The government yesterday agreed to implement hardship and special education allowances for teachers to end the strike that has crippled learning. A meeting between the Treasury, Teachers Service Commission, the Solicitor General, Kenya National Union of Teachers and the Public Service Commission resolved that 30 per cent hardship allowance and 10 per cent special needs education allowance be paid to teachers.
The talks which are chaired by acting Education PS George Godia will continue today at the TSC headquarters. KNUT said they are willing to continue with the negotiations especially for medical, commuter and house allowances. They disagreed on these three issues after the government argued that they had been part of the 2009 salary adjustment and have already been paid.
The union however insisted the matter has been left pending. Speaking at Castle forest during the fencing of the Mt Kenya forest, Finance minister Njeru Githae said the government does not have money to pay teachers. Githae said the money collected by the Kenya Revenue Authority has been disbursed. "Treasury does not have any money to pay teachers. All the money has been used to pay the current expenditure," Githae said.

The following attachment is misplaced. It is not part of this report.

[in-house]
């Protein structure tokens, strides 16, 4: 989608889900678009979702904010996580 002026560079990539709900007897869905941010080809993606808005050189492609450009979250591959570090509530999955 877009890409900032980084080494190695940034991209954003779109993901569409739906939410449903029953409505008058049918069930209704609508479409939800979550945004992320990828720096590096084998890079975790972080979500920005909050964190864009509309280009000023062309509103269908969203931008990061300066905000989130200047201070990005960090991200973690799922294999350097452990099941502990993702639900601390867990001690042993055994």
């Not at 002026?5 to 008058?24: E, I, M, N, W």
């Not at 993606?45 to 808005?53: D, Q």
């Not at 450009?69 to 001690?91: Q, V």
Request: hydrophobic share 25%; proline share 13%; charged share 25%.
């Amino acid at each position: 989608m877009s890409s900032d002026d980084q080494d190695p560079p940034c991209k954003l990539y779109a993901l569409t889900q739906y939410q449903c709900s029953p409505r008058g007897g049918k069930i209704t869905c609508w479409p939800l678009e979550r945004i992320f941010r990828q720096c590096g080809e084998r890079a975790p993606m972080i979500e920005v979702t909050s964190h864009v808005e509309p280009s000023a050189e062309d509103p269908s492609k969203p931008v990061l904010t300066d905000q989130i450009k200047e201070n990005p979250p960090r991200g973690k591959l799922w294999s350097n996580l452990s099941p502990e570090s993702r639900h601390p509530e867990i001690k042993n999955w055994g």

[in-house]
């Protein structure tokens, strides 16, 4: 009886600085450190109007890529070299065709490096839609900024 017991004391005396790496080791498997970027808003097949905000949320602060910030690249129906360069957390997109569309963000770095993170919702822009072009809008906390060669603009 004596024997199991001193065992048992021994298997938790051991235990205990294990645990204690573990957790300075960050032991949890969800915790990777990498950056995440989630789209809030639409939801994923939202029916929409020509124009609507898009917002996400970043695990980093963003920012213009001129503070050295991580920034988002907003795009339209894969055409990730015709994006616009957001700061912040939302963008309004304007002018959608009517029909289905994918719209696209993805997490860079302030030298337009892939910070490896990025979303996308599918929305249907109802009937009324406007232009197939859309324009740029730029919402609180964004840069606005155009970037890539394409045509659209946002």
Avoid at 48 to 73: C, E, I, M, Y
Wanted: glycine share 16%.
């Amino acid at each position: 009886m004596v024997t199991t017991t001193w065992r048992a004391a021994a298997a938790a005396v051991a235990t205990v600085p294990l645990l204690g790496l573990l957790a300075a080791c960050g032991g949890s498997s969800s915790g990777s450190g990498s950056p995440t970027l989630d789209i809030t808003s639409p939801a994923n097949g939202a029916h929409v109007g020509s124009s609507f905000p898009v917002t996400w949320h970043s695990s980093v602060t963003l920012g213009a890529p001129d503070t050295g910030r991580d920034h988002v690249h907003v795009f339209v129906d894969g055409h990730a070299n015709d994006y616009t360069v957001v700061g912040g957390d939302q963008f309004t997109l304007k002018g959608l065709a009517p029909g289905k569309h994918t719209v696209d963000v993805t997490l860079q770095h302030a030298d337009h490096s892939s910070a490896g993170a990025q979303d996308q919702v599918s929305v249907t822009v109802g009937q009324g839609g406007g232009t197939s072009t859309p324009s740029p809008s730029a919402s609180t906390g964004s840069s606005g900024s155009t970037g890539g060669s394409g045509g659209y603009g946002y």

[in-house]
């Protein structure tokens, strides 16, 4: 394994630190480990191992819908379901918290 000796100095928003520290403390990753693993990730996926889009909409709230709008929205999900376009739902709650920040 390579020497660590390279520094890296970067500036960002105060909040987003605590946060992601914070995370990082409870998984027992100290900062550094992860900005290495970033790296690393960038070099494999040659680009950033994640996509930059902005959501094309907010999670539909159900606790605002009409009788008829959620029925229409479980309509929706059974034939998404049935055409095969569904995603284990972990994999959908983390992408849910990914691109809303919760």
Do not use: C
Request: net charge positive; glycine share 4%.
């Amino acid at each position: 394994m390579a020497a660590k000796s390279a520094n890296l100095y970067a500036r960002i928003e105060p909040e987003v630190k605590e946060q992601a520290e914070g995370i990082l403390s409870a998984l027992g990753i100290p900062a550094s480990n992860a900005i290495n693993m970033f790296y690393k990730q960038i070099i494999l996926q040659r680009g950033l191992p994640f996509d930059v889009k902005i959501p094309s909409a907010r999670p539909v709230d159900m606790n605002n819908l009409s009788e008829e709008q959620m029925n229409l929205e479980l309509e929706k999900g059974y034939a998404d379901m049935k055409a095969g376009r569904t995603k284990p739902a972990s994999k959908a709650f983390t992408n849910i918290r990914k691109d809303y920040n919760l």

Meanwhile, an application by the Kenya Union of Post Primary Education Teachers' to overturn a decision declaring the countrywide strike illegal was rejected yesterday by the Industrial Court. Justice Maureen Onyango in her ruling said the ongoing the union did not comply with the labour laws when calling for the strike. The judge said teachers are holding negotiations with the government and encouraged the parties to carry on with the talks.
The court will not protect teachers should they fail to comply with her orders, she warned. She however insisted that teachers should not be victimised for participating in the strike. Teachers downed their tools on Monday, demanding a salary increase among other allowances promised to them by the government in a deal signed in 1997. But before the strike, the TSC moved to court and obtained orders terming the strike illegal.
However, teachers' ignored the court order. In the application, the teachers' employer said that planned strike was premature and ill conceived and against the Teachers Service Commission Act of 2012, which was enacted into law barely five days ago.
Other reporters, Sam Kiplagat and Jane Mugambi.